[foaf-dev] Previous relations and predicate weightings

Bob Ferris zazi at elbklang.net
Fri Mar 18 16:17:33 CET 2011


Hi Rob,

Am 18.03.2011 14:05, schrieb Rob Stewart:
> Hi,
>
> I'm one of the devs on my current project, SerenA (
> http://www.serena.ac.uk ). For the last 6 months, we have been
> building an RDF store representative of our users.
>
> I am responsible for mapping user profile information into the FOAF
> Ontology, and I have 2 questions to ask:
> 1 - Capturing previous and current work status.
>
> i.e. I may have once worked for the CIA, but I currently work on the
> SerenA project. How would I capture that using FOAF? For the latter,
> perhaps:
> http://www.example.com/Rob_Stewart<foaf:Project>  http://www.example.com/serena
> or
> http://www.example.com/Rob_Stewart<foaf:Organization>
> http://www.example.com/serena
>
> But... how would I capture that I worked for the CIA between 2004 and
> 2006, say ? (and should I be using Organization or Project ? )

You can probably utilize the Cognitive Characteristics Ontology [1] or 
the Resume Vocabulary [2,3]. However, I think, the latter one has a 
small modelling issue, because it is not you who did a job etc., but 
rather than your CV. I don't know whether this is a good knowledge 
representation design.
When using the former one, you can make use of 
cco:CharacteristicDynamics [7] to describe a specific period of time and 
its weighted ability. Nevertheless, the Cognitive Characteristics 
Ontology is not really intended to describe a CV initially ;)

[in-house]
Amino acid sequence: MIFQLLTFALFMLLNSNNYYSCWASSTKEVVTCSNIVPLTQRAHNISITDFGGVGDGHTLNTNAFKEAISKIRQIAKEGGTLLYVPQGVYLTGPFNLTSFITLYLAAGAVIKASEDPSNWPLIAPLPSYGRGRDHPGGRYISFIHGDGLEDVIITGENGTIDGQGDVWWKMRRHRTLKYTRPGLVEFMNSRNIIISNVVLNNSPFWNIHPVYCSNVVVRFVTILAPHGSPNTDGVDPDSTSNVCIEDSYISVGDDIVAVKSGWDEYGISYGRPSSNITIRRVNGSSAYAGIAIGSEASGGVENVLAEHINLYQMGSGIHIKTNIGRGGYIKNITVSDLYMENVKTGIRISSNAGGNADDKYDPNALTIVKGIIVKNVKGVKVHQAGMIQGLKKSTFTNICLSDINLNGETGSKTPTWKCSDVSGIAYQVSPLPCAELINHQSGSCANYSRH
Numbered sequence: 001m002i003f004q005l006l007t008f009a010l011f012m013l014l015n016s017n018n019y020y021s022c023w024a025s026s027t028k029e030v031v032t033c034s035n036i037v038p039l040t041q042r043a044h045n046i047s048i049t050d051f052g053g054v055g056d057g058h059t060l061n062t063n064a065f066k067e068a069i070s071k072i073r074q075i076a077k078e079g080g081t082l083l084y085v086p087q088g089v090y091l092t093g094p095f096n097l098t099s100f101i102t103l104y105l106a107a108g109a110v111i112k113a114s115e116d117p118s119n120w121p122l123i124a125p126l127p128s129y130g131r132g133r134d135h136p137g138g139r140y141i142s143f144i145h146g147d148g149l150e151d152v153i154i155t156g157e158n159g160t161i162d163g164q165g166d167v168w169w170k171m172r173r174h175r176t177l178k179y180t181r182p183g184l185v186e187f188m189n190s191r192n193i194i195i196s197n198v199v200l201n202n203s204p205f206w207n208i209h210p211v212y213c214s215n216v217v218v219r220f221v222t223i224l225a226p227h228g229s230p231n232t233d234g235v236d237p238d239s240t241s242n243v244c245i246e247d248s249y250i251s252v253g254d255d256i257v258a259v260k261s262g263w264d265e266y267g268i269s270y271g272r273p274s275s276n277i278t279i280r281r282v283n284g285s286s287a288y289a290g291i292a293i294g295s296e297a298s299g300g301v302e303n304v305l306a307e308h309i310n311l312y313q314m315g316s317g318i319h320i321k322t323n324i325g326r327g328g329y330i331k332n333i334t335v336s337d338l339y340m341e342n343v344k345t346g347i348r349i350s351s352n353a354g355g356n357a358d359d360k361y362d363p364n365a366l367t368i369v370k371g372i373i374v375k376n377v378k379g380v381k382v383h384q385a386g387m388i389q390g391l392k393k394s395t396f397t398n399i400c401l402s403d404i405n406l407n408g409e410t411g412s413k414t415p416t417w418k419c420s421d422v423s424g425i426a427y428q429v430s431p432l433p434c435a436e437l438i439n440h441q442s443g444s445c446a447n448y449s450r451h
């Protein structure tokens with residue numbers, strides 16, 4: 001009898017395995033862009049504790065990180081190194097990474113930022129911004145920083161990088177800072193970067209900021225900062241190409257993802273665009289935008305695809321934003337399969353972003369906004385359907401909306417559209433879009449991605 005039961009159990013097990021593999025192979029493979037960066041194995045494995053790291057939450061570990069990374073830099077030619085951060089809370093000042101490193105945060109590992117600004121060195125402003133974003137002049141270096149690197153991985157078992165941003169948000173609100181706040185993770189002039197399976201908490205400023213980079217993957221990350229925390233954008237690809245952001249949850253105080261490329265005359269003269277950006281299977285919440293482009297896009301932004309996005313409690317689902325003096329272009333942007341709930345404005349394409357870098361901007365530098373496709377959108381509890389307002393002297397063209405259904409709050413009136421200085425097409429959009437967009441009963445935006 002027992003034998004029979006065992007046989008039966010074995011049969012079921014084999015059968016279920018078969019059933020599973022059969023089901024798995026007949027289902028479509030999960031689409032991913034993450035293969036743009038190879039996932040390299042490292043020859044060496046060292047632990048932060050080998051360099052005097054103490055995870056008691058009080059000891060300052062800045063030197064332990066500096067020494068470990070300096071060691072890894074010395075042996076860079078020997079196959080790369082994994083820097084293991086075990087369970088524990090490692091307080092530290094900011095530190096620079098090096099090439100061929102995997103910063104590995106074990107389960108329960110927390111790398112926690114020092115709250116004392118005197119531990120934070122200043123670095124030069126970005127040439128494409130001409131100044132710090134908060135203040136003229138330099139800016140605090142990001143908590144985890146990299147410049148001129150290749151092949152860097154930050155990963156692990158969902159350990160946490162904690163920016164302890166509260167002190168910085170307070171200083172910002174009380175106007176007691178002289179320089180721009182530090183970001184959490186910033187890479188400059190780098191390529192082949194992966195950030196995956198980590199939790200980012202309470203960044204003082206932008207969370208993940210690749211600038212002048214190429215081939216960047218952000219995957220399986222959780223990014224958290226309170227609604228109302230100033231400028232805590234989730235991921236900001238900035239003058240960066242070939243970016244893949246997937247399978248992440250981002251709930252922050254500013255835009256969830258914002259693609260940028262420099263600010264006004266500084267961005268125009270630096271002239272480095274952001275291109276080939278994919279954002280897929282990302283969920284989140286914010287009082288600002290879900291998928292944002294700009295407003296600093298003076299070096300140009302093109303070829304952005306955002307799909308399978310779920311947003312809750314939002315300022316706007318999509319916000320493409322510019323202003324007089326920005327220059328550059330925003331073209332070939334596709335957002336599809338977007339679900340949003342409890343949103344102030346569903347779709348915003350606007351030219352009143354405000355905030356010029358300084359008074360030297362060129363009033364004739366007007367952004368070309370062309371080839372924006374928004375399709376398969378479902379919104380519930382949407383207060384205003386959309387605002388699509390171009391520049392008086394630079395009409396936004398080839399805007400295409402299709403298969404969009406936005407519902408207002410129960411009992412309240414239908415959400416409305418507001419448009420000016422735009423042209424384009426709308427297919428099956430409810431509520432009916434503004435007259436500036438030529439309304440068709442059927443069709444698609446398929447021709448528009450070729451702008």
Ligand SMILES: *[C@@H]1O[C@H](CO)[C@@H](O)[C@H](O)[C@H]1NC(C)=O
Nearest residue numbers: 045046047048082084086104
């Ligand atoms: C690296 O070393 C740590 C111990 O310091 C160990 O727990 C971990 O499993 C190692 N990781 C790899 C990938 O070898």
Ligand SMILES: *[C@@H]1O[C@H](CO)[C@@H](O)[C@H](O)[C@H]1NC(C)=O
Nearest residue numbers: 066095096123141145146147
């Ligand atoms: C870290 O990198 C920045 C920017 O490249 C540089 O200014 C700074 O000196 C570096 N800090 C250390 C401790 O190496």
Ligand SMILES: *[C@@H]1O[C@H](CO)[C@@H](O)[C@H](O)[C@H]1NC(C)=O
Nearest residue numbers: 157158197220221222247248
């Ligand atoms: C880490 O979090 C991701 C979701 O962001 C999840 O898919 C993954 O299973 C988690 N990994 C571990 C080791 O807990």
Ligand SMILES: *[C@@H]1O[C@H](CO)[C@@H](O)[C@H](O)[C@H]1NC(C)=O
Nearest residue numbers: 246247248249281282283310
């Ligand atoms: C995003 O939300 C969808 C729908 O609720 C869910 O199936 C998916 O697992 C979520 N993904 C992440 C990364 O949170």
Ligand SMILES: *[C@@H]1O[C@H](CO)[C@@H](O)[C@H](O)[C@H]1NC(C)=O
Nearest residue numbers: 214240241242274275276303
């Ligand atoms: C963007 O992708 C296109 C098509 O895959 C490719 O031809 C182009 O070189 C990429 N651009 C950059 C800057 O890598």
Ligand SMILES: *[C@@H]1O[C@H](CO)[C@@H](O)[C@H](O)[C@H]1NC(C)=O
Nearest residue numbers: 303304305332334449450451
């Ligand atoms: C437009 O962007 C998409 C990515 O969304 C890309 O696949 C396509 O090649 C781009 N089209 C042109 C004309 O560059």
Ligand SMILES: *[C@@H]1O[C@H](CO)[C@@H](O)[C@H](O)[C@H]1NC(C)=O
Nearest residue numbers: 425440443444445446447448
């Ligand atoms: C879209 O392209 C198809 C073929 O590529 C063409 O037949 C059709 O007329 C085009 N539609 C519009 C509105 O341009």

> -------------------
> 2 - Strength of the foaf:knows predicate
> How would I capture the different levels of my foaf:know
> relationships? Say, I shared an office with someone called Tim, and I
> stumbled across Alison once a month in the coffee room. I know both,
> but I am wanting to know how you would represent this with FOAF? I
> *do* want the foaf:knows predicate for both objects, but it's not
> telling the full story... ?

Since you talked about "predicate weightings" in the headline, I guess 
you like to weight the relation you like to describe. Therefore, I would 
suggest you the Weighting Ontology [4]. Generally, you have to reify 
this relation to be able to describe it more in detail (a shift from a 
binary to a n-ary (n>2) relation). Please have a look at the examples of 
the Cognitive Characteristics Ontology [5]. There you can the see the 
application of terms of the Weighting Ontology in a reification class.
To describe that two information resources belonging semantically 
together, i.e., in this case a simply binary relation (shortcut 
relation) and an n-ary relation (reification class instance), you can 
make use of the Property Reification Vocabulary [6].
Another possibility, is to create specific sub classes for describing 
concrete level of relationships. However, that would blow up the 
ontology itself.

Cheers,


Bob


[1] http://purl.org/ontology/cco/core#
[2] http://captsolo.net/semweb/resume/cv.rdfs
[3] http://captsolo.net/semweb/
[4] http://purl.org/ontology/wo/core#
[5] 
http://smiy.sourceforge.net/cco/spec/cognitivecharacteristics.html#sec-example
[6] http://purl.org/ontology/prv/core#
[7] 
http://smiy.sourceforge.net/cco/spec/cognitivecharacteristics.html#characteristic_dynamics


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